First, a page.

• Terrain Park: Vail ski resort offers three terrain parks featuring different jumps and features of solid quality, though when taken in context to the whole mountain, they seem more an accommodation for groups with a member or two interested in park skiing, than they are a main focus.
Get a trail map and take the time to make a plan of where you want to ski, particularly toward the end of the day when they start shutting down and moving everyone from the back of the mountain. Pick up a grooming report at the mountain base to see which runs have fresh corduroy and which don’t, especially if you’re a beginner or intermediate skier. If expense matters, research ahead and have a cost plan so you’re not surprised by the price tags and can enjoy the luxury experience without second thoughts. Also talk to the locals for cost-cutting tips. For instance, garage parking within walking distance to the lift costs $25 a day, but you can find free parking along North Frontage Road if you get there early, and it’s serviced by a free bus.
From fine dining to quick drinks and appetizers, skiers can find all options at both the Vail Village and Lionshead base area. Popular spots include Tavern on the Square, Pepi’s, Garfinkel’s, Vendettas and the Red Lion. If you are looking for formal dining, the resort has several fine dining options on the mountain, perfect for the romantic evening when you want to linger over moonlight and mountain views. Start here with Game Creek Restaurant where you’re picked up by snowcat and taken to the restaurant door.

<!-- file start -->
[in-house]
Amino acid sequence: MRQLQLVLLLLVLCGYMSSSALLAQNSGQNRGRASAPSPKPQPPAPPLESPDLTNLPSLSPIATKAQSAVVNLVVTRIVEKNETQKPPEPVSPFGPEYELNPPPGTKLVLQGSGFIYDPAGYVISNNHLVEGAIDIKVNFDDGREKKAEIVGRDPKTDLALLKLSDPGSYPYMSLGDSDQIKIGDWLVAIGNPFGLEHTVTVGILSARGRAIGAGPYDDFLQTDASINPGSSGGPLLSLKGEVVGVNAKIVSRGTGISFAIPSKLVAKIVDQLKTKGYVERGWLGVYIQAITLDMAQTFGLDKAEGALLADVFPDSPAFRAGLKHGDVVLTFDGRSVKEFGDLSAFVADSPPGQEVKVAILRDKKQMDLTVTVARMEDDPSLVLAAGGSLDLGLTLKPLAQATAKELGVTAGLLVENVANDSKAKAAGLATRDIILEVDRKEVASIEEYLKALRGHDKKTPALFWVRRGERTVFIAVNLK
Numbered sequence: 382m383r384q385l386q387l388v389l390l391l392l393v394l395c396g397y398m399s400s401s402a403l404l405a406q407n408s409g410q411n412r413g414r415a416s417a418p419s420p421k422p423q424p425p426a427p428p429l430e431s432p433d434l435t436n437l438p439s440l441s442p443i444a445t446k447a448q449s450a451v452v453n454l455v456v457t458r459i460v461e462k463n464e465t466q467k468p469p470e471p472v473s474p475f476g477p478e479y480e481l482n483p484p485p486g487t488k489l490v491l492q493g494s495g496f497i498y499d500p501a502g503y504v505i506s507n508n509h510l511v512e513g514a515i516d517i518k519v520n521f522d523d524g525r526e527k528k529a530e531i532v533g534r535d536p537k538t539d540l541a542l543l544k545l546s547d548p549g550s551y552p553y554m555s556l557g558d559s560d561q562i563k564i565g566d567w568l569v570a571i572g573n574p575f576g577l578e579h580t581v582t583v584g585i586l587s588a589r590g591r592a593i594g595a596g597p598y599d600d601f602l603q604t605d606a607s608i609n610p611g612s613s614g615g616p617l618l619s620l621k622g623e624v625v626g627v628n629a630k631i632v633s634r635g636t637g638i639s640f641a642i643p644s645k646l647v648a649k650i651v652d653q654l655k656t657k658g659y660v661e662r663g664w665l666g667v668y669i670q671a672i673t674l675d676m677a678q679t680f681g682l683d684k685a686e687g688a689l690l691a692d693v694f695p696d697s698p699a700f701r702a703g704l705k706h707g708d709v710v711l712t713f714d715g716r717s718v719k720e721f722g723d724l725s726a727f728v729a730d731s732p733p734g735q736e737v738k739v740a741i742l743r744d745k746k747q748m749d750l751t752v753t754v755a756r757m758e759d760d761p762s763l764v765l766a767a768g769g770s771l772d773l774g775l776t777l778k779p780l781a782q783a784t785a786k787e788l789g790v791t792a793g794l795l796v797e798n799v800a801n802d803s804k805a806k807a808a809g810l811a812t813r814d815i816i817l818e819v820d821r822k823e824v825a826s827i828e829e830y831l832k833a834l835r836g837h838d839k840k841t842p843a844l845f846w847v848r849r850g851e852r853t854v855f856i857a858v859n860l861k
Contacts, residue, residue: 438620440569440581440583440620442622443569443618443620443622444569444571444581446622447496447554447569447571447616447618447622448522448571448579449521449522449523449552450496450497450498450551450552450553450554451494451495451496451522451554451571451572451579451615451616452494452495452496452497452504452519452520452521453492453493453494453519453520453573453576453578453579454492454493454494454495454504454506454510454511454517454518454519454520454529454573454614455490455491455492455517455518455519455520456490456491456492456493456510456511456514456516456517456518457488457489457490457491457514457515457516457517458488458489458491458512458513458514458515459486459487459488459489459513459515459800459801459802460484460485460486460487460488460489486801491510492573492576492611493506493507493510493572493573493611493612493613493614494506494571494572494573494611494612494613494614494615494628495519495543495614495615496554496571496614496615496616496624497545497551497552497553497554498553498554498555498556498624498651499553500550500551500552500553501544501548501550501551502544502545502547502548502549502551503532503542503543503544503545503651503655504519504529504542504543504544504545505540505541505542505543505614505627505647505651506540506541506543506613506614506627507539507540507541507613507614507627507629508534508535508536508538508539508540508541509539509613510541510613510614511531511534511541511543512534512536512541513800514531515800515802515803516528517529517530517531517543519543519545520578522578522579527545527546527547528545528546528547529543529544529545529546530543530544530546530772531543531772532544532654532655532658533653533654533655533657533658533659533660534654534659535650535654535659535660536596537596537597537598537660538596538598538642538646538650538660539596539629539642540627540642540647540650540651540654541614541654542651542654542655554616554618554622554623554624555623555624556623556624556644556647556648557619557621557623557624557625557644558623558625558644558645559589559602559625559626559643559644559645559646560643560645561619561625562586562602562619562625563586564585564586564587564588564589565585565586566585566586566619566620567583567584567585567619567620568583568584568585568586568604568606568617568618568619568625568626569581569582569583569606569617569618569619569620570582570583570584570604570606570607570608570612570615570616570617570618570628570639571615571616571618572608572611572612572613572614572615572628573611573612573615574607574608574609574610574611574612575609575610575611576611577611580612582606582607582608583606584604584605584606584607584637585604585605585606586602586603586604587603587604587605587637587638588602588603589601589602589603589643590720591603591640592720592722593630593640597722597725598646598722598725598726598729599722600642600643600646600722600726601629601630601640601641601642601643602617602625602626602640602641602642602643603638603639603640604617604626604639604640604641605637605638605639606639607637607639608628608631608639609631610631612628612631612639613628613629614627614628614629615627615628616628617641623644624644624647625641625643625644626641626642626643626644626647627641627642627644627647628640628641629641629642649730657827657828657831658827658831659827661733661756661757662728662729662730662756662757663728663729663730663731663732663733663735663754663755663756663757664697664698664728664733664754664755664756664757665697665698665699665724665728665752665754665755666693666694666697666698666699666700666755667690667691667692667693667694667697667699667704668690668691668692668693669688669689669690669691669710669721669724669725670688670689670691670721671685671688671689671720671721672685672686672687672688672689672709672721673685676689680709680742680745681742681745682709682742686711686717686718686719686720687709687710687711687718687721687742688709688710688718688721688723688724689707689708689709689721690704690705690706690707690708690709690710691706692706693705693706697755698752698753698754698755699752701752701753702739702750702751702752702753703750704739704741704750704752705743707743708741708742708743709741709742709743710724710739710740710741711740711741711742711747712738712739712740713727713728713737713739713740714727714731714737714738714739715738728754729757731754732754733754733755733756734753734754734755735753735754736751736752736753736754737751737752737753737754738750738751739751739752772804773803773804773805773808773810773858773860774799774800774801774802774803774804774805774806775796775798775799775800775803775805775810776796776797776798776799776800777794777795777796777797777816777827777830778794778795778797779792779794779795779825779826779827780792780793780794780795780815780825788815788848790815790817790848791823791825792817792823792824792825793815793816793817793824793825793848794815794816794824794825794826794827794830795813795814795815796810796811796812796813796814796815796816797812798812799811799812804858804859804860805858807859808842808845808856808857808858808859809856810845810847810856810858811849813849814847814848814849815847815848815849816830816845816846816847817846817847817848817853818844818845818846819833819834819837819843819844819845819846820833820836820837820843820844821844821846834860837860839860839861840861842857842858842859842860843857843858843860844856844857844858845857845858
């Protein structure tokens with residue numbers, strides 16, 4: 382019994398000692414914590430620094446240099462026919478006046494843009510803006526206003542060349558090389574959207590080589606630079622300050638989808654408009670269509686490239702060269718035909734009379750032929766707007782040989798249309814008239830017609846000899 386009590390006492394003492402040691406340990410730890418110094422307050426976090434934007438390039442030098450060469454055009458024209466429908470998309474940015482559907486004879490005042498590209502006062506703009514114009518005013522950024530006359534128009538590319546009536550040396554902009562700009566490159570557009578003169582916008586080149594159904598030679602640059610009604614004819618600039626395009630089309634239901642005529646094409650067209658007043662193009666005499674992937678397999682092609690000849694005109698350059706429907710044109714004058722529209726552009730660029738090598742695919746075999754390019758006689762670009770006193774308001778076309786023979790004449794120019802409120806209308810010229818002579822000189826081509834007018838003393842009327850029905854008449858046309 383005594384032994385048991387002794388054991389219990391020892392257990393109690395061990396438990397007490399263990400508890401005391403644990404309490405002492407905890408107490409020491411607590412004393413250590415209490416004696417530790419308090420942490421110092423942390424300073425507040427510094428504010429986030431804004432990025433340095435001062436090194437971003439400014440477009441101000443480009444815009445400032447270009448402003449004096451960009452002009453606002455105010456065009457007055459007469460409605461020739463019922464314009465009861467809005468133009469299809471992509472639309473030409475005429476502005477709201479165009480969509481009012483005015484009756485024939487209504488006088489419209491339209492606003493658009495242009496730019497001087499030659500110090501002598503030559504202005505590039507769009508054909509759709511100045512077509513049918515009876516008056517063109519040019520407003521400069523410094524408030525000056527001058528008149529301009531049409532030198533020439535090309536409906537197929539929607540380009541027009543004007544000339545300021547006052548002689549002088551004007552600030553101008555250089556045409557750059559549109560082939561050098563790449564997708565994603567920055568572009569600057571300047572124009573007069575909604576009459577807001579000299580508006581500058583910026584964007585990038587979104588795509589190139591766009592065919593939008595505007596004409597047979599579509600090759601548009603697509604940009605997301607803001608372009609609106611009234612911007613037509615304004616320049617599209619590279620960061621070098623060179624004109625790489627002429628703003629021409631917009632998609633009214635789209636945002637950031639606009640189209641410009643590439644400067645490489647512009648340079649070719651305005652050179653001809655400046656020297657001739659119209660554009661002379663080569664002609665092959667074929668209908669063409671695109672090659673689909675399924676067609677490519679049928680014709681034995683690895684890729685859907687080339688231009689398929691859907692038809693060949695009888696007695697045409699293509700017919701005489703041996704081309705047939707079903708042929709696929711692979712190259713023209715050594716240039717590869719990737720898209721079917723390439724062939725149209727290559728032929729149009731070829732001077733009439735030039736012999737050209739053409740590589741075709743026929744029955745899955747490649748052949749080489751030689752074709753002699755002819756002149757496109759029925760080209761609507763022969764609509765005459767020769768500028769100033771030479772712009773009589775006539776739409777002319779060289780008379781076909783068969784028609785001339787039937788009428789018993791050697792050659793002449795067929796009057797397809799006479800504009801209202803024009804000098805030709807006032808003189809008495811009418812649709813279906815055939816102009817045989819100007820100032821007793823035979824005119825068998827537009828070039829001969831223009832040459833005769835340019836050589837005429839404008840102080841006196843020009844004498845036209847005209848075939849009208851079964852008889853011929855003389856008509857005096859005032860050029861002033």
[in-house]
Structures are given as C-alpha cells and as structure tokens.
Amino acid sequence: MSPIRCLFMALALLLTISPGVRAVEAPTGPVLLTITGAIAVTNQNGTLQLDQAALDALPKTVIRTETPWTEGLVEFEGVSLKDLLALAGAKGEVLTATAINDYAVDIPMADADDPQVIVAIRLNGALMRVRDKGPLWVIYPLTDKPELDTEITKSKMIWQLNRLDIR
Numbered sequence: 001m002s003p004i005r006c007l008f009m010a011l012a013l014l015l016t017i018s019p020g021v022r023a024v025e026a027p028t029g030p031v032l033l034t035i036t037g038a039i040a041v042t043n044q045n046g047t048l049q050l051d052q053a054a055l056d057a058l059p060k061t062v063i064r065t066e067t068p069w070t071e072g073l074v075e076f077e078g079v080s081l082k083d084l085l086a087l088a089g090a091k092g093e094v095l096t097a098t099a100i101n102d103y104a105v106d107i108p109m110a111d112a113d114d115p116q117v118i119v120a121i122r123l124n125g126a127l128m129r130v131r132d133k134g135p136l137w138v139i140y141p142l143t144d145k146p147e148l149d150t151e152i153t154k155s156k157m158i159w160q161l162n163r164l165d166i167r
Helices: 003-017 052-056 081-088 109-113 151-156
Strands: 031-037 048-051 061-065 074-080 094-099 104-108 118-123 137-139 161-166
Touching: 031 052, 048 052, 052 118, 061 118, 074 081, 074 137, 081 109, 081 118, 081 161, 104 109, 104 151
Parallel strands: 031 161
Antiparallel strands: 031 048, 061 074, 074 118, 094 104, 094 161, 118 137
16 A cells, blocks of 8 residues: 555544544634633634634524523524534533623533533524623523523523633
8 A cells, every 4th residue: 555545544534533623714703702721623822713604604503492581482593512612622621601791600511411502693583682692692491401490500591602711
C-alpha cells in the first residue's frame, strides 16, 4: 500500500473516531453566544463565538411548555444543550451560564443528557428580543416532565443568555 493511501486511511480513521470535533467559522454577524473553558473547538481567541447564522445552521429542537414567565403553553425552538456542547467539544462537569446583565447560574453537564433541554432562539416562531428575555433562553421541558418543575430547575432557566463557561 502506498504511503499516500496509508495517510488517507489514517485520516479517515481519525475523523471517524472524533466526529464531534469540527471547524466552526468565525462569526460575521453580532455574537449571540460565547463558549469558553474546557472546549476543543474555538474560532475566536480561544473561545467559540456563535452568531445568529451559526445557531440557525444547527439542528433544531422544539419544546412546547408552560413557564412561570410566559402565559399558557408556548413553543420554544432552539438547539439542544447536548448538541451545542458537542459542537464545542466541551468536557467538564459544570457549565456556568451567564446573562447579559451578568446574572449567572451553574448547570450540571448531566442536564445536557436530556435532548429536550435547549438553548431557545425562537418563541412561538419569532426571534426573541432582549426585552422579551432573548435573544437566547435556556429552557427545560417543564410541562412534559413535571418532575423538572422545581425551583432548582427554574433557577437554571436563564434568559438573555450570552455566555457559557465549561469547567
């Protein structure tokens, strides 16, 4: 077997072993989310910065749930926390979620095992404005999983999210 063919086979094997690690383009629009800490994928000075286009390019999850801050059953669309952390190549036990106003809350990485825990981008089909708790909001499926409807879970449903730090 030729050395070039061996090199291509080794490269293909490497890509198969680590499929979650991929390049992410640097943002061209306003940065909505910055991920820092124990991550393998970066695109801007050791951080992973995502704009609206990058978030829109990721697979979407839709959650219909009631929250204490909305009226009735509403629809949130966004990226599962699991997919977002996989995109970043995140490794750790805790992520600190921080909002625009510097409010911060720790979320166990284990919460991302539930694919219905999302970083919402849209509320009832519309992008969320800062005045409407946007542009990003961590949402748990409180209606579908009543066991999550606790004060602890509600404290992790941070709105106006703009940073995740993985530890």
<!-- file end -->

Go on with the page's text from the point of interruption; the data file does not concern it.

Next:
Vail Resort offers a variety of lodging options including five star hotels, family friendly spots, as well as ski-in/ski-out options, but few of them are inexpensive during ski season. The Arrabelle at Vail Square, Four Seasons Vail, The Sebastian, The Ritz-Carlton Residences and the Marriott all offer ski-in/ski-out access to both the mountain, restaurants and shopping. For families, the Tivoli Lodge offers ski-in/ski-out proximity to the Golden Peak learning area. The Holiday Inn in West Vail and the Vail Racquet Club are on the shuttle route heading out of the town center and offer amenities such as pools, spa, and fitness centers at somewhat more affordable prices. Use the Ski Lodging Deals box above and right to find Vail’s best Lodging choices and deals.
Cobblestone, pedestrian only streets, European village architecture – a five star experience.
Skiing with the Kids
The Vail Ski & Snowboard School has group lessons for kids and the resort features “Adventure Zones” in different areas around the mountain, with fun features and embankments for kids to ski around, such as the tee-pee at Coyote’s Den. The resort’s Golden Peak area is a great place for families with children skiing at different levels, as they can ride the Game Creek Bowl lift together to a variety of beginner and easy intermediate runs that all meet at bottom.
Lift Tickets and Season Pass Cost*
Lift Tickets (pre-purchase online): Adult $92-$105; Child $56-$70; Senior $82-$95 (COMPARE PRICES) Season Pass: (purchase by 10/14/12) – Adult $679; Child $349 Senior $539 Other Passes: 7 day pass (purchase by 10/14/12) = Adult $529 Special Deals: Passes also good for Beaver Creek, Breckenridge, Keystone and Arapahoe *prices reflect our best effort to gather from resort published information.
By Rory Reily